During the pandemic of 2020, I have spent many hours alone, sought to stay connected with family and friends, experienced the delightful doings of a new puppy, and, like many therapists, learned to work remotely. Now, as I think about what we can expect next, I find myself exploring not-so-far-off history.
Especially, I have discovered how little I knew about the pandemic of 1918. Also known as the Spanish Flu (then as now names could be misleading – there is no definitive proof that the illness emerged in Spain, rather that other countries conspired to suppress reports of its spread). The deadliest flu in history, this pandemic infected about 500 million people worldwide—about one-third of the planet’s population—and killed an estimated 20 to 50 million victims, including some 675,000 Americans. As with the COVID-19 pandemic, the flu inflicted extensive psychological, economic, and social trauma, leaving the United States and the world primed for the excesses of the roaring 20s and the eventual crash of the stock market in 1929.
Survivors of the flu must have, like us, been asking themselves a number of important questions. I pose them to you.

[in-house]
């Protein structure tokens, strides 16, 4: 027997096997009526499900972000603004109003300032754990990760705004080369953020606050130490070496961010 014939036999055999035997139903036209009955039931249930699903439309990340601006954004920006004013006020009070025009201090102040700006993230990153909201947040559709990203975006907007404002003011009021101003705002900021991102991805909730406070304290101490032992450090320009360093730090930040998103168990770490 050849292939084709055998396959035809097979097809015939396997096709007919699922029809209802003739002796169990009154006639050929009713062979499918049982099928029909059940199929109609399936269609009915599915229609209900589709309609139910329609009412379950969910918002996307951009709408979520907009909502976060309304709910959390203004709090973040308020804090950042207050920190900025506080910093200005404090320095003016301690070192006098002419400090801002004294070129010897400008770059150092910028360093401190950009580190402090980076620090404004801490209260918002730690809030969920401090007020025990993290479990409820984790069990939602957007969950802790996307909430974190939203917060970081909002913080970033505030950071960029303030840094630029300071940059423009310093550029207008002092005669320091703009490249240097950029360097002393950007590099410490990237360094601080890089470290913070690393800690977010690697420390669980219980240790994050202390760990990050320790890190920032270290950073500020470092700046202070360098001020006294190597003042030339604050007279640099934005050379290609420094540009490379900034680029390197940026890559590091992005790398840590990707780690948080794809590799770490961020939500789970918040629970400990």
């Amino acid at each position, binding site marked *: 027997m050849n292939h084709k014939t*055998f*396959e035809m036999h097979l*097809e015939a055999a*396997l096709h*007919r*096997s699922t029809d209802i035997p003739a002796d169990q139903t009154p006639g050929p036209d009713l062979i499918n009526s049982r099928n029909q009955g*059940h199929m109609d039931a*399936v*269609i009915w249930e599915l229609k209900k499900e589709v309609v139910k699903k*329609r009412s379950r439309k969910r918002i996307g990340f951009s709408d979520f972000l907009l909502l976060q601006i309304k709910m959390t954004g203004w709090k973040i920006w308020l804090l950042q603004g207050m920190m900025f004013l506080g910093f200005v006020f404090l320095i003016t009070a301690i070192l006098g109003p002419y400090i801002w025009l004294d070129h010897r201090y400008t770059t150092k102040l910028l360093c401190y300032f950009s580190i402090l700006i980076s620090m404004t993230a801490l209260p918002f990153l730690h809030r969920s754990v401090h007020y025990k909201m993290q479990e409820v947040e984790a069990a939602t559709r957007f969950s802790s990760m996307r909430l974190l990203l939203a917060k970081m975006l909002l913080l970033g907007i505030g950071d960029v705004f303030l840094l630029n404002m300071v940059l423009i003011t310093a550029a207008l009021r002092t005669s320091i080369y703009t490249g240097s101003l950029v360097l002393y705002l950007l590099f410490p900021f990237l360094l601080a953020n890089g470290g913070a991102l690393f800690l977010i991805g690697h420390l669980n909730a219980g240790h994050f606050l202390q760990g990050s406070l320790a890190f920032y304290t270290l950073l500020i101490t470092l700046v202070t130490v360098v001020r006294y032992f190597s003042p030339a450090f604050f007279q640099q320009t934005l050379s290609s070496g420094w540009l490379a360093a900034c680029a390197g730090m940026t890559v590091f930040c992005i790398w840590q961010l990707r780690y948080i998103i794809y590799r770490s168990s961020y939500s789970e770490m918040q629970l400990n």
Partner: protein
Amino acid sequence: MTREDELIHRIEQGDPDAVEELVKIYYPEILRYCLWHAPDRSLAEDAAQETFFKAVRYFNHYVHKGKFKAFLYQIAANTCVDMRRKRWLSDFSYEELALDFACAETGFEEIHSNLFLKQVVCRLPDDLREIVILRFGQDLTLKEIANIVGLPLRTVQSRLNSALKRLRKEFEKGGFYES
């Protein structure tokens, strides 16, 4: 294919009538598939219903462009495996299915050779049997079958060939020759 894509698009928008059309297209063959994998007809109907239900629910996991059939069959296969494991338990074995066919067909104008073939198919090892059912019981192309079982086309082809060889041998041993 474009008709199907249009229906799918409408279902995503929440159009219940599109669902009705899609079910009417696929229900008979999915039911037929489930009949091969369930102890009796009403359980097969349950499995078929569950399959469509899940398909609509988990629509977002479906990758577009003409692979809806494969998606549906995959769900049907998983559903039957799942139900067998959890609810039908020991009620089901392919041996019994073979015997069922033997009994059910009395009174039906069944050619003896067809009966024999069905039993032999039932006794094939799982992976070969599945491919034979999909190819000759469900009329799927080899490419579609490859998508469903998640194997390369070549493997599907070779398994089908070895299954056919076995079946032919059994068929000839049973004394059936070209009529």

How will you live your life after this pandemic?
Is there any insight or change in how you live that you will carry forward when the pandemic is tamed?
What do you want to bring along with you in the ways you lived your life during this pandemic year?
What do you want to leave behind in 2020?
What do you want to welcome into your life in 2021?
What do you hope will be different in your life in 2021?
Here is what I can tell you. I have learned from 2020 that there is no point in worrying about things that may or may not happen. The world is far too creative and unpredictable. I can do my best to flow with what happens at work and at home, with my family and with my pup, but for the most part, what life delivers will always be outside of my control.
So let your busy mind be still and quiet, let your heart open to possibilities, and let your mind start dreaming again about security, excitement, adventure, stability, predictability, and hope.
- Laurie Morgan Silver, LCSW